Saltzman House is a typical example of the architect’s early days, when the Group of The Five Architects proposed a new method based on a return to the language of European rationalism, drawing particularly on the houses built by Le Corbusier in the 1920’s.
It clearly showed the characteristics of this conceptual form, which led to its characterization as Mannerist from contemporary critics. This is indeed an operation focused on the language of rationalism.
It is located on an open lot in East Hampton, New York.
In Saltzman House, the elegant use of rationalist language is comes to pure fruition. The rounded contours of the house, the two separate structures linked by a footbridge, and the use of columns supported the purist appearance are all paradigms of the style. The broad curve replaces the sharp inner corner of the cube and a spiral staricase – which refer vaguely to the interior of Meier’s Ozenfant House – are enough to clarify the shape of this house.
In this work, the process of addition of space is complemented by the subtraction of volume elsewhere. This is evident from the terrace, which appears as an addition of volume was only partially rebuilt. But it is perhaps in the window design that the satisfaction ofthe use of style is more aptly demonstrated. Long narrow windows and square windows of different sizes follow each other around the exterior of the shape, but this design diehter is regulated nor appears programmed or contained in concept. It is simply the free and happy use of the rationalist elements: the architecture speaks of its manner of operation. But satisfaction of the style should not be confused with arbitrary element placement. Here, as in the Smith House, Douglas House and other of the best works of the period, the form and openings that create the space are strictly aligned with what happens inside the house.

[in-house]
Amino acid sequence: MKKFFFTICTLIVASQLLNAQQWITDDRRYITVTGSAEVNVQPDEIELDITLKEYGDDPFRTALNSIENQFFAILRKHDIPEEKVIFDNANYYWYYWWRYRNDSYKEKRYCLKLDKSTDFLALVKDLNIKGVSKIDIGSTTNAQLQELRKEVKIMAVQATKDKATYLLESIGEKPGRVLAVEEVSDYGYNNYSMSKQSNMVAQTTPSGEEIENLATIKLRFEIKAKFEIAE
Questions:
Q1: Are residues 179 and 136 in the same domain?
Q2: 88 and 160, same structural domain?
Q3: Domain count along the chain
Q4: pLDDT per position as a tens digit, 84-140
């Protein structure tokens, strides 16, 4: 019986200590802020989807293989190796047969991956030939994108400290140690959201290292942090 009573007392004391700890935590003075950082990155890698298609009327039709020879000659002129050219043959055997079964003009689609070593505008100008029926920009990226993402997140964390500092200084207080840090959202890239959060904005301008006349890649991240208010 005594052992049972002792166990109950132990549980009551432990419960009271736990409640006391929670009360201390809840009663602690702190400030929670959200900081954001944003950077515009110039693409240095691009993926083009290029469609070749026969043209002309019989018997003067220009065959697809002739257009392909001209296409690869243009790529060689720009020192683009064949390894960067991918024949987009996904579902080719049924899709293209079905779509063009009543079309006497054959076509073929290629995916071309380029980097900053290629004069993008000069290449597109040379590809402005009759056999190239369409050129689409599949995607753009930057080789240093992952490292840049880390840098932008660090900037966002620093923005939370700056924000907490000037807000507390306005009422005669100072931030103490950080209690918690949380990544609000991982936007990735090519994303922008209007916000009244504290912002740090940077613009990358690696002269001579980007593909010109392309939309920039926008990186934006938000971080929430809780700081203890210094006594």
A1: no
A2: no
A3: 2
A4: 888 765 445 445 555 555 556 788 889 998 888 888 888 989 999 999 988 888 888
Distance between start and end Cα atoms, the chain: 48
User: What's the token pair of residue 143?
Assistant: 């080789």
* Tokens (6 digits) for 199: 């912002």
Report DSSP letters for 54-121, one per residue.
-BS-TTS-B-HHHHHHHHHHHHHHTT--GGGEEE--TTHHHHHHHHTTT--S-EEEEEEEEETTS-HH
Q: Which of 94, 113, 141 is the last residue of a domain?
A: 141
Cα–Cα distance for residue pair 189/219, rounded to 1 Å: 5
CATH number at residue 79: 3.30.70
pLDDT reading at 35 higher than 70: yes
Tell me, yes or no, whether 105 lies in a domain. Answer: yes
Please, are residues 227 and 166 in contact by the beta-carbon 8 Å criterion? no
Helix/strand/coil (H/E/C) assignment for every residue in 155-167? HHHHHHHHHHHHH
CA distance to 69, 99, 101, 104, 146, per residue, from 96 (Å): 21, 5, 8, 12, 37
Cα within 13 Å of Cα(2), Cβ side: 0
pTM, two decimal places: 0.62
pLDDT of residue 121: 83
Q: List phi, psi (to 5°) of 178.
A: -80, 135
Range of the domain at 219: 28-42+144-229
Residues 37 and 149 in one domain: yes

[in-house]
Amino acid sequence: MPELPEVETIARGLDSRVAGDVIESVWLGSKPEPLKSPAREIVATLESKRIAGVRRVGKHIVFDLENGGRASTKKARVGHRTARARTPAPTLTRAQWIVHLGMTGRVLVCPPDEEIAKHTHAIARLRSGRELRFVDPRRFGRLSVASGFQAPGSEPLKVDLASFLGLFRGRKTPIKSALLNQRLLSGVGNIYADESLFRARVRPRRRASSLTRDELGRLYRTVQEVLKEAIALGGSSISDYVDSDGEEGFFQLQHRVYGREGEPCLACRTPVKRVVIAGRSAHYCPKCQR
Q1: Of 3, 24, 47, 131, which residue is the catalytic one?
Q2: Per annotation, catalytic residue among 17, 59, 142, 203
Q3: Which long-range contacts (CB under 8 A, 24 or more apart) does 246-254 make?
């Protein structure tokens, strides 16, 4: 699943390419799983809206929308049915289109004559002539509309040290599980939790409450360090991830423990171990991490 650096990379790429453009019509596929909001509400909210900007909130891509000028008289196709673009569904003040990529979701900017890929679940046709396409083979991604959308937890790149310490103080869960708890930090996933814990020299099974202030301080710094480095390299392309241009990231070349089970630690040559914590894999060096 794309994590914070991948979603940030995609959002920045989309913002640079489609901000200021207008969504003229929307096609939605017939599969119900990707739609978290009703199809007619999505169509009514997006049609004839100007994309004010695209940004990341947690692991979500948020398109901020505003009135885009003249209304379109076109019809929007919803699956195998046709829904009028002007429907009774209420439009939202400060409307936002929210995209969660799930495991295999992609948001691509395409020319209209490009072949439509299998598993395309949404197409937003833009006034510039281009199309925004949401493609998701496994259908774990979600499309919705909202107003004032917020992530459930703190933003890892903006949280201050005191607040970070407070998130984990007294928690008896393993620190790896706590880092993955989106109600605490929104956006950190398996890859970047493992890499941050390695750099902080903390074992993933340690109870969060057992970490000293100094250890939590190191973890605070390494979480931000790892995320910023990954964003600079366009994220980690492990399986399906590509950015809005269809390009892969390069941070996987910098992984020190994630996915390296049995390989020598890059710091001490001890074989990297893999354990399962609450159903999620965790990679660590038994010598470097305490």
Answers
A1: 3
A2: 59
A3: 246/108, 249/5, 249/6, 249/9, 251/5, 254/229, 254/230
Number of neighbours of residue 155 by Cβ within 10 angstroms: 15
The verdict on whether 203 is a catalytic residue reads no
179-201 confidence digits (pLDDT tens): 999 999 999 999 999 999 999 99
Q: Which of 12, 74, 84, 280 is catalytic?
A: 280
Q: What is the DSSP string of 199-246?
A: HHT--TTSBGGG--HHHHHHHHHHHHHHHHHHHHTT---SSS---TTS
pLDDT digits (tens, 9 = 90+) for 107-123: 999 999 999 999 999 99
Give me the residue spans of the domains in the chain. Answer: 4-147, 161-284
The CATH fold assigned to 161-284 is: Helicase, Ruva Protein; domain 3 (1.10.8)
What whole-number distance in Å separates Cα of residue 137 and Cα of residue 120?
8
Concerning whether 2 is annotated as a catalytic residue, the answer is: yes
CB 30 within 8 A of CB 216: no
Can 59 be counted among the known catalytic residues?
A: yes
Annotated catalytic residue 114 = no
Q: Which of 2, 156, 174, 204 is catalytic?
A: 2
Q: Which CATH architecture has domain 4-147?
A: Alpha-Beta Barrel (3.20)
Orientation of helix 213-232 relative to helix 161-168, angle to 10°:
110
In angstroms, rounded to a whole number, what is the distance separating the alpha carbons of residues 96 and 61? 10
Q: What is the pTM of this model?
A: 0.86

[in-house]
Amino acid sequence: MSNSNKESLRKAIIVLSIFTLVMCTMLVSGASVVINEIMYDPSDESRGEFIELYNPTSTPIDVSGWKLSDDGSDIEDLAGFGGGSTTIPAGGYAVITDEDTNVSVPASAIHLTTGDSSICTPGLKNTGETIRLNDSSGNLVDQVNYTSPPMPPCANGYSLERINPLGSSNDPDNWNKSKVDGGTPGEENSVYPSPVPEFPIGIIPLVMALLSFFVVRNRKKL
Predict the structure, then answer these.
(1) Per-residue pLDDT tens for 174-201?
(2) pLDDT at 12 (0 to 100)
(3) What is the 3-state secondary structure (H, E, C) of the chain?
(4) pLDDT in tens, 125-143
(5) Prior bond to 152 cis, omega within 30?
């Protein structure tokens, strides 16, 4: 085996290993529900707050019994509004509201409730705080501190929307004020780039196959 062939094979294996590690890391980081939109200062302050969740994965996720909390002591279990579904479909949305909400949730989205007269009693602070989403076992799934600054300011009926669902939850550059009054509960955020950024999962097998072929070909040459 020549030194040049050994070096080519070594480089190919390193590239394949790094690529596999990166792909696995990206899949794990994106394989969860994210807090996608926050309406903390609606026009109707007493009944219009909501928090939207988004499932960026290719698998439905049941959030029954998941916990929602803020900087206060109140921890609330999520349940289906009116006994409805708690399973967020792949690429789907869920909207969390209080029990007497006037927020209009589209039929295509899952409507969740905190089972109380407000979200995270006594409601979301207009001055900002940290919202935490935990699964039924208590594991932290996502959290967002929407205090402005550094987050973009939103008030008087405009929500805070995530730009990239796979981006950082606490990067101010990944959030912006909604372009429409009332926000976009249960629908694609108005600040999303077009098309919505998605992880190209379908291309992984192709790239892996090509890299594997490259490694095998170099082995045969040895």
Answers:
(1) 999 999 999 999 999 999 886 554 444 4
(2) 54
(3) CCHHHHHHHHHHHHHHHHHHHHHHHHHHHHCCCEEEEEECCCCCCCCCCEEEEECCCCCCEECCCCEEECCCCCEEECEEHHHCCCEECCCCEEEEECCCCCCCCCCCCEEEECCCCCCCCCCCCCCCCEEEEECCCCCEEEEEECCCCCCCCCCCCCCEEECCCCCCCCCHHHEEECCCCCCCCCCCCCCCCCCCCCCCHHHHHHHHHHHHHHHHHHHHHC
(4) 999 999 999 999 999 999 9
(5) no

Beginning with reinforced concrete, Meier makes desired subtractions from the volume but maintains the glass structure independently of the foundation.
The materials used are reinforced concrete and glass. Wood load bearing walls in private areas and steel hollow columns in public areas.